Muffuletta

Central Grocery in New Orleans claims to have invented the muffaletta (aka muffuletta, muffelatta), which is named for the round Sicilian loaf that resembles a high-rise focaccia. It happened in 1906 when Salvatore Lupo, proprietor of the French Quarter grocery store, sliced the loaf sideways and layered in salami, mortadella, capicola, and provolone along with a thick ribbon of garlicky olive salad in the same genus as the giardiniera used on Chicago’s Italian beef. A traditional muffaletta, as made at Central Grocery (which now exists for no reason other than to make and serve it), is a foot in diameter – enough sandwich for two – and is sold as a whole, half, or quarter. Some restaurants do offer it heated; recipes extend to vegetarian versions; and there even are ones made on sliced bread rather than on a muffaletta loaf. Such variations test the limits of the word.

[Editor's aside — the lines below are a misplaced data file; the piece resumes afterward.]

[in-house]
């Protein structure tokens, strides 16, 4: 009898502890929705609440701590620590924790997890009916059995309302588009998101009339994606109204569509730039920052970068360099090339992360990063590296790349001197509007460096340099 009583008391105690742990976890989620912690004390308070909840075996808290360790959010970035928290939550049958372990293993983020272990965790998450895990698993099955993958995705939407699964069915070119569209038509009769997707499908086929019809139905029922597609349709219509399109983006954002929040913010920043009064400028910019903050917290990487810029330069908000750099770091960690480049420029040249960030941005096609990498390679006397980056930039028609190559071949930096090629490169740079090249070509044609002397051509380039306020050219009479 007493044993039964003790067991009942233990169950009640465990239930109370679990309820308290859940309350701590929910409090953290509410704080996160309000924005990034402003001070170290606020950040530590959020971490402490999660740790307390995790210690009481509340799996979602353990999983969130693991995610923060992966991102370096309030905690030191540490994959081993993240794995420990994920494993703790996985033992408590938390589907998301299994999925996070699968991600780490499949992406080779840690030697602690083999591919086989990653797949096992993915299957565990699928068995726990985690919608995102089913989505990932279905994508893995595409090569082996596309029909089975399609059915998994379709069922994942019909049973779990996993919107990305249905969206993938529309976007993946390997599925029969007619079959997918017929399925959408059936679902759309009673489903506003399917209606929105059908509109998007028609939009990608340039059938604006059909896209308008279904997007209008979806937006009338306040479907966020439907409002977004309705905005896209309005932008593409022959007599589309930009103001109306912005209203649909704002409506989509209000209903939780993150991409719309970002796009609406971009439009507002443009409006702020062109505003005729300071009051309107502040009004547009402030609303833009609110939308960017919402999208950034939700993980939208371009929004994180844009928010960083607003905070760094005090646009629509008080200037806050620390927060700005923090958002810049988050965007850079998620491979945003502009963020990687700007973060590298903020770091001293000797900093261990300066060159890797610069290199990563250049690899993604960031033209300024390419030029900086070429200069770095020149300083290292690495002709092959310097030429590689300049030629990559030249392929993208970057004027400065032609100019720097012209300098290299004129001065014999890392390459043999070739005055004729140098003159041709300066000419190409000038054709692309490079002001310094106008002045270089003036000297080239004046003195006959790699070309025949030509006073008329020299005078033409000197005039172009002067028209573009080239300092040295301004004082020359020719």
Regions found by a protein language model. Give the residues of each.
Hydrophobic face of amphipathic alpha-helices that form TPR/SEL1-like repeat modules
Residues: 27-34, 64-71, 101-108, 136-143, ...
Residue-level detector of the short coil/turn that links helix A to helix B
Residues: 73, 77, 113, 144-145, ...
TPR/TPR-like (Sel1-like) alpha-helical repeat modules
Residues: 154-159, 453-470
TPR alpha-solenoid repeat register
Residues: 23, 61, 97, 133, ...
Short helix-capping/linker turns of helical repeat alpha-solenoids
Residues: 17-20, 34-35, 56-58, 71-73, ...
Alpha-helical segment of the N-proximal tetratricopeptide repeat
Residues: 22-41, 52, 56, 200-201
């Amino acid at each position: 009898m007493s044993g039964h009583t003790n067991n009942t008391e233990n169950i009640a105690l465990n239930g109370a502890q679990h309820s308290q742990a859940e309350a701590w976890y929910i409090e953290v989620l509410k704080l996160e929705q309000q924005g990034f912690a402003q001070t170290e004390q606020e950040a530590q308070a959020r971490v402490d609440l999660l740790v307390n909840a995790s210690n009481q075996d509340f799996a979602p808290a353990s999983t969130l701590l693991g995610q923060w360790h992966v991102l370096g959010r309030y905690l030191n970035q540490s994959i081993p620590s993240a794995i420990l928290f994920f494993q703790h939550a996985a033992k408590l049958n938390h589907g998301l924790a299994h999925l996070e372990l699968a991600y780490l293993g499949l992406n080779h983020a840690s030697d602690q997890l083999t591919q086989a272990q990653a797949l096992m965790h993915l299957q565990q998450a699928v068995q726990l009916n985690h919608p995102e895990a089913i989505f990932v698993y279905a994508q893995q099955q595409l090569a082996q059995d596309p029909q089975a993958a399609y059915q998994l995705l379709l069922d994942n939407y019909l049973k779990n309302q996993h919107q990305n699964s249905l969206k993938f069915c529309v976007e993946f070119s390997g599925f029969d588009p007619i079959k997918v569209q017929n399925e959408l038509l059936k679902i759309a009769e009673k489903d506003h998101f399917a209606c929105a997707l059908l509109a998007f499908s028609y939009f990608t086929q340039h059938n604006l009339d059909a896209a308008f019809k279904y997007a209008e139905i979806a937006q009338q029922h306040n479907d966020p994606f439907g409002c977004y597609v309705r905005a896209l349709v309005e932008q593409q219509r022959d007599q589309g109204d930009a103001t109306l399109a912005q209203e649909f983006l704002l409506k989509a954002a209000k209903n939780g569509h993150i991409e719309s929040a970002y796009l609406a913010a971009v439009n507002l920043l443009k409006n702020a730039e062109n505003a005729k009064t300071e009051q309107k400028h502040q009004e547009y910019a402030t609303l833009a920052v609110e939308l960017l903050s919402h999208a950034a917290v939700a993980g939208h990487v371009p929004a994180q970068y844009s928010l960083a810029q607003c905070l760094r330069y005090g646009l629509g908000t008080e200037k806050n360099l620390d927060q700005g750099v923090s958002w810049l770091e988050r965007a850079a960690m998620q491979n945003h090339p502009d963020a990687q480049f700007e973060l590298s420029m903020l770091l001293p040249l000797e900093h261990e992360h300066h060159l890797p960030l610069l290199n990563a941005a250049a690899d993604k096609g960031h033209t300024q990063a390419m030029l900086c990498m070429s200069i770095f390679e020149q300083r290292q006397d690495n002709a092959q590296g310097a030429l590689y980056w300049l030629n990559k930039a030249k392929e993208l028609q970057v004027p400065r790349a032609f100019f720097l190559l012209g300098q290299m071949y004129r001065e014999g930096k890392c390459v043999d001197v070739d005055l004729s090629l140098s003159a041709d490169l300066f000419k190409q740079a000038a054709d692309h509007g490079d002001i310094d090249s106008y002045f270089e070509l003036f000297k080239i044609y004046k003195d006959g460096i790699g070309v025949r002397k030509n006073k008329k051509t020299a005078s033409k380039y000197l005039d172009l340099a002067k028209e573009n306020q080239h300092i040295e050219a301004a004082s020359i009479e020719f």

Restaurants With This Dish

Sidetracked Cafe

CENTRAL, SC

Jambonz Deux

RAPID CITY, SD

Napoleon House

NEW ORLEANS, LA

Barton's Kitchen Muffuletta
Barton’s Kitchen

PASO ROBLES, CA

Muffaletta cross-section shows thick, chewy bread holding cheese, cold cuts, and oily olive salad
Central Grocery

NEW ORLEANS, LA

Fratesi Grocery and Service Center

LELAND, MS

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